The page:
might justify the arrest because the police "had no
reason to believe that the Defendant was a flight risk or
might destroy evidence[, ]" citing Payton v. New
York, 445 U.S. 573, 100 S.Ct. 1371 (1980). Looking next
for probable cause, which, when present, serves as an
exemption to the exclusionary rule that would "bar the
State's use of a statement made by the defendant outside
of his home, even though the statement is taken after an
arrest made in the home in violation of Payton[,
]" the trial court reasoned:
Probable cause exists if, at the time of the arrest, the
officer has within his knowledge trustworthy facts and
circumstances sufficient to warrant a reasonably prudent
person to believe that the suspect has committed a crime.
Beck v. Ohio, 379 U.S. 89 (1964). Probable cause is
based on the totality of the circumstances. Illinois v.
Gates, 462 U.S. 213, 230 (1983).
Officers knew that a murder had been committed and had the
body. Officers also knew that Rosepine police had responded
to an incident the night before involving broken windows in
the victim's home where the Defendant was the main person
of interest. Officers knew the victim had been living with
and dating the Defendant's ex-girlfriend who was the
mother of the Defendant's children. The victim's
brother told officers about the "beef" between the
victim and the Defendant, and that the Defendant had
threatened the victim before.
As stated in the affidavit for a search warrant, the
Defendant's former girlfriend told police that the
Defendant repeatedly made threats towards her and the men she
dated. She also showed police text messages on her phone from
the Defendant. The text messages read: "imma bitch but
who ran well see tonight at his house"; "leave my
lonely like you did last time want to run huh its war";
"I aint never been fake imma bring it back again lol
watch how the ambassador get down when u f[***] your own kids
money over bitch you can get knocked off too"; and
"wanna test me i know where u be dude." The message
"i know where u be dude, " combined with
information from the girlfriend, makes it clear that at least
some of the threatening messages were directed at the victim.
The message "bitch you can get knocked off
too" (emphasis added) indicates that the
Defendant's threats were directed beyond just his
ex-girlfriend and could include murder.
Given the totality of the circumstances a reasonably prudent
person could believe that the Defendant had committed the
crime. There was probable cause for the Defendant's
the trial court found "the exclusionary rule does not
apply because police did have probable cause for the
defense counsel's second grounds for exclusion, based on
the involuntariness of the confession given Defendant's
low blood sugar and corresponding inability to comprehend the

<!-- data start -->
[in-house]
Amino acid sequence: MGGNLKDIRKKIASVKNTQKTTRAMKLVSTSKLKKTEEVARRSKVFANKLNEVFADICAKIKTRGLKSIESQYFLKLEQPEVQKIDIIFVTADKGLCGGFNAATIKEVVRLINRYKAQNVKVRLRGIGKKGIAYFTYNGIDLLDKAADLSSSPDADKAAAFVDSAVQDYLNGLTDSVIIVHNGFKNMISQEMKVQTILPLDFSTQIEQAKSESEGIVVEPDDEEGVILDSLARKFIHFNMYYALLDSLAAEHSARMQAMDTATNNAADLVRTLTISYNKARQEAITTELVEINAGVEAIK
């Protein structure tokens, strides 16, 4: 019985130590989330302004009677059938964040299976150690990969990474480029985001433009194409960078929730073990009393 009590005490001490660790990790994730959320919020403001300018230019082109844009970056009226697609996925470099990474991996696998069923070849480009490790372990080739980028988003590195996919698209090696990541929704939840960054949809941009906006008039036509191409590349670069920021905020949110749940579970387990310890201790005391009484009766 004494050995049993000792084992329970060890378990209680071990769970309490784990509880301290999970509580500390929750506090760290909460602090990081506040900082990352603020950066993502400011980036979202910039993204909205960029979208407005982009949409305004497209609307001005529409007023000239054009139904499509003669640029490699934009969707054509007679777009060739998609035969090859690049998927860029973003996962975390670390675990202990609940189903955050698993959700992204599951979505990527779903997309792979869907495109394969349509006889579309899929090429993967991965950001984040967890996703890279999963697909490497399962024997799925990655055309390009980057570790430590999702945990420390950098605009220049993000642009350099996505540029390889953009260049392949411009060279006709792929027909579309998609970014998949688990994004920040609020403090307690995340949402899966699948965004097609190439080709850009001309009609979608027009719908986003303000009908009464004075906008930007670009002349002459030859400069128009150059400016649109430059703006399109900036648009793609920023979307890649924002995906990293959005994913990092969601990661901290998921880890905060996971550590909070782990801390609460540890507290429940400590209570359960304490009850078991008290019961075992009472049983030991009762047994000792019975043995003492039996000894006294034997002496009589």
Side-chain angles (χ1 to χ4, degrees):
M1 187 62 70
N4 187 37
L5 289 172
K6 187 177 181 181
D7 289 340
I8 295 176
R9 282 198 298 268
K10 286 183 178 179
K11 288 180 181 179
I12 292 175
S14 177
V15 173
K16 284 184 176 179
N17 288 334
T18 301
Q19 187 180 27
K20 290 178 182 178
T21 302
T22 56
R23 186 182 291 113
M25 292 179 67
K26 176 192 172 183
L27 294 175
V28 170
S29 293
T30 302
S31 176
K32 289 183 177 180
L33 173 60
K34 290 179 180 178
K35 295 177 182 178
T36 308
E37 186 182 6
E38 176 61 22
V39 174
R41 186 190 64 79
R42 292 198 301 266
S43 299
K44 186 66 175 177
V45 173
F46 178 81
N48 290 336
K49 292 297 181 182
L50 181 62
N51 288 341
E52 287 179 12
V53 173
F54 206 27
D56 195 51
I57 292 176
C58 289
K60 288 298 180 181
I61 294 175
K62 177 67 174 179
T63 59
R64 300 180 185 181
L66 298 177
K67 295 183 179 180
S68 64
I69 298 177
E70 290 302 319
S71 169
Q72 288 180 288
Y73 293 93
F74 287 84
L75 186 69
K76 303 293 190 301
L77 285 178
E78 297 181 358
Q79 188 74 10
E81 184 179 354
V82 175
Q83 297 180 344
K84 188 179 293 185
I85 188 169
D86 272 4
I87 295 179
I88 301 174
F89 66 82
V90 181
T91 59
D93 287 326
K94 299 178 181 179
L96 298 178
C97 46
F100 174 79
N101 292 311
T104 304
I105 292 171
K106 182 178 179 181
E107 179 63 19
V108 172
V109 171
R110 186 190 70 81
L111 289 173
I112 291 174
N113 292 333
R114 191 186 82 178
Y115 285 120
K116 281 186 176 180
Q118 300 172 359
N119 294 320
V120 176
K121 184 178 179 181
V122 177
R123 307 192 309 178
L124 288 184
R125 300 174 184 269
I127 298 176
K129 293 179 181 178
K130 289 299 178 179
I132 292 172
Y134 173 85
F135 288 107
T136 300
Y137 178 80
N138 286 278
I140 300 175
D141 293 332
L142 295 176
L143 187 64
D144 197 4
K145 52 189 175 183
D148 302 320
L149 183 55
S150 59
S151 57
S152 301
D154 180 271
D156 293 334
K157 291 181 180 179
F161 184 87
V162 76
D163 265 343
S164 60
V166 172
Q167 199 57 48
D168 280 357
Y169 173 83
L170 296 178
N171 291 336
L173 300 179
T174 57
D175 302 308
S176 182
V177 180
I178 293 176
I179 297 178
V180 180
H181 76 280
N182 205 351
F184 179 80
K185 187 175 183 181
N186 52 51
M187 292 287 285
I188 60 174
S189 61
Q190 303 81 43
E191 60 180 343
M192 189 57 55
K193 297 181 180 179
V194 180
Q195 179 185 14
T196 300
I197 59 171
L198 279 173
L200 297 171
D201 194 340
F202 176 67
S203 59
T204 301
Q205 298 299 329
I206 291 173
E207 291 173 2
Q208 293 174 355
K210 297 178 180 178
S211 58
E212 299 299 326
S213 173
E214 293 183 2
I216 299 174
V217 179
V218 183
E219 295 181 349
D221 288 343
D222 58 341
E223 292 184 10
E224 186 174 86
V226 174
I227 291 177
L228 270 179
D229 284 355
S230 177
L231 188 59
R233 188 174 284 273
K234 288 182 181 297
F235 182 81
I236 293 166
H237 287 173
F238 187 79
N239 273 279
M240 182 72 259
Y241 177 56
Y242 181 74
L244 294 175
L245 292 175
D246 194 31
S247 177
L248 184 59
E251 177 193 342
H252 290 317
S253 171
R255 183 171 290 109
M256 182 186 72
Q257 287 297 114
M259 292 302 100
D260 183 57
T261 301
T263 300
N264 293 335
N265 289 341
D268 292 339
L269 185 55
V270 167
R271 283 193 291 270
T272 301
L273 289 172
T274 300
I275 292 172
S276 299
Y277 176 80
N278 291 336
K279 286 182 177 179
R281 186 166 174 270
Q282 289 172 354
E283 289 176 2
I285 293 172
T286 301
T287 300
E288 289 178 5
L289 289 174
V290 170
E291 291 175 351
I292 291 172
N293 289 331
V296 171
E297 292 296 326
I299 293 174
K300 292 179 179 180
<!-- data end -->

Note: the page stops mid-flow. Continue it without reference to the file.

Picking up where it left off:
consequences of his confession, the trial court found
(alteration in original):
Voluntariness is assessed by looking at the totality of the
circumstances, including the suspect's age, education,
and mental and physical condition, along with setting,
duration, and manner of interrogation. Spano v. New
York, 360 U.S. 315 (1959).
Just because a defendant is suffering from a medical
condition does not mean that he cannot give a voluntary
statement. State v. Hahn, 526 So.2d 260 (La.App. 2
Cir. 1988), writ denied, 532 So.2d 150 (La. 1988).
[W]hen a defendant contends that his mental capacity was
impaired because of his physical condition at the time of his
interrogation, the jurisprudence has consistently held that
the confession will be admissible unless the defendant
establishes that he was impaired to such a degree as to
negate his comprehension and to render him unconscious of the
consequences of what he was saying.
State v. Guidry, 94-678, p. 5 (La.App. 3 Cir.
12/7/94), 647 So.2d 502, 506 (citing State v.
Narcisse, 426 So.2d 118 (La. 1983), cert.
denied, 464 U.S. 865 (1983)).
In this case, the State offered the testimony of three police
officers and documents which defendant signed to support the
voluntariness of the statement. All of the police officers
testified that defendant gave his statement freely and
voluntarily, without force, coercion, or inducements of any
The Defendant's blood sugar was tested and found to be 37
around the time of his arrest. He was given candy and some
kind of drink and his symptoms alleviated. Because he was not
tested again, it is uncertain what his blood sugar level was
throughout interrogation. However, the defense's own
medical expert testified that, based on the officers'
testimonies and other evidence, the Defendant's blood
sugar was at least "high enough to give him normal brain